Vicki Romig, a chemistry and physics teacher at Glenelg High School, is helping produce proteins used in AIDS research. Natalie Meyers, a life sciences teacher at Clarksville Middle School, is studying the way the bacteria that causes Rocky Mountain spotted fever enters the bloodstream.

While many of their colleagues are enjoying more leisurely pursuits, six science teachers from Howard County public schools are spending much of their summer on the cutting edge of medical and biomedical research in laboratories at two area universities.

When they return to their classrooms, the teachers will bring with them knowledge of research and techniques at the forefront of science. They'll also bring fresh perspectives on their work.

"You're not stagnating in the classroom," Romig said. "You're able to keep up with what's going on . . . and bring it back to the kids."

That is one of the chief goals of the Science Teacher Enhancement Program (STEP) run by the University of Maryland at Baltimore and University of Maryland Baltimore County. Through the program, teachers from Howard County, Baltimore County and the city of Baltimore will do seven weeks of research for three consecutive summers. The teachers -- 16 in all -- work closely with a professor-mentor involved in a particular research project.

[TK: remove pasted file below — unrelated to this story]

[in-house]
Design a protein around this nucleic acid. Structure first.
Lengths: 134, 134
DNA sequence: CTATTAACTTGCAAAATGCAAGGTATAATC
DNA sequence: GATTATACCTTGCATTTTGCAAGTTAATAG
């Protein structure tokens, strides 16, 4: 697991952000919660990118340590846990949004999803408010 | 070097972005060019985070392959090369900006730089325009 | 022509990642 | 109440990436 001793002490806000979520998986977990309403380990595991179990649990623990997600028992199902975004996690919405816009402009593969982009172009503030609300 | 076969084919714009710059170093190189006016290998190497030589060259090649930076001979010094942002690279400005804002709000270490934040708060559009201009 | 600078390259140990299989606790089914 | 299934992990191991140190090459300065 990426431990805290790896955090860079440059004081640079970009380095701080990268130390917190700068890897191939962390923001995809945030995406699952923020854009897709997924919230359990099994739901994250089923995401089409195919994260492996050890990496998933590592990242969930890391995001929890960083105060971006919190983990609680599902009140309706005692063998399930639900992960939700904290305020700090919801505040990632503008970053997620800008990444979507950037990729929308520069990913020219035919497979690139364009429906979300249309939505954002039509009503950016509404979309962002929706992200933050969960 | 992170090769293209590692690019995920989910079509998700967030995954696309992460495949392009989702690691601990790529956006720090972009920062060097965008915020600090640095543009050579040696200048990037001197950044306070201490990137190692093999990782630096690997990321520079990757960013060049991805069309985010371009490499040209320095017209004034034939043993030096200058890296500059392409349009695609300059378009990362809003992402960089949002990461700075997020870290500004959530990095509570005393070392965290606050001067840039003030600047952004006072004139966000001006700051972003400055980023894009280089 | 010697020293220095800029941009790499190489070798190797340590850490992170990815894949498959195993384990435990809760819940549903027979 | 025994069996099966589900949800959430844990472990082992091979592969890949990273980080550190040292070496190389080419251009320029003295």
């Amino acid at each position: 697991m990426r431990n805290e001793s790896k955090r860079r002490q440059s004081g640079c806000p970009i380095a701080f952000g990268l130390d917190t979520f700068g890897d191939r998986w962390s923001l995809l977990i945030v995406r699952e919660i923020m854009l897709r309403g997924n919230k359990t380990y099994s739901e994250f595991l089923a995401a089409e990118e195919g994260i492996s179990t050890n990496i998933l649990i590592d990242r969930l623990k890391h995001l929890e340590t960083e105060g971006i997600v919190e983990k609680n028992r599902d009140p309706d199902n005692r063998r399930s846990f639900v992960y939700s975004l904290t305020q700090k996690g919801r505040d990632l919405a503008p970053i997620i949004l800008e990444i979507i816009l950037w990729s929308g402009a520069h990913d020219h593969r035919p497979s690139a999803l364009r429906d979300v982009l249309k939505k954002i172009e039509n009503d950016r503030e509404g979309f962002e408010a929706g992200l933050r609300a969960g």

The program, funded by the National Science Foundation, is designed to change the dusty "cookbook approach" to public school laboratory science, said Jordan Warnick, the professor of pharmacology and experimental therapeutics at the University of Maryland at Baltimore who founded the STEP program three years ago.

Science education "has gone downhill," partly because many teachers are out of touch with their subjects, basing lessons on textbooks alone, Warnick said, adding, "Ninety-five percent of science teachers do not have practical knowledge of the subjects they teach."

As part of her fellowship, Romig is getting a glimpse of immunology and microbiology at an AIDS laboratory at the university at Baltimore's medical school. Her assignment involves injecting protein into an insect cell membrane, a process that eventually produces a form of pure protein called GP160 that is used in AIDS research. The process is important, Romig said, because the pure protein is so expensive, costing hundreds of dollars for a few drops.

Karen Folk, a science teacher at Herring Run Middle School in Baltimore, is studying the relationship between an irregular form of breathing called "periodic breathing" and Sudden Infant Death Syndrome. "In the past, I would just tell them how these things are," she said of her students. "Now I can give them personal, concrete examples."

Warnick said that in previous years he noticed a positive change in teachers returning to the classroom after taking part in STEP. "Their whole outlook and thought processes had changed," he said. "The process of an experiment and how they went about it was more important than actually finishing it."

"Every science teacher should have an experience like this," Romig said. "To know where the information they teach is coming from -- not just a book."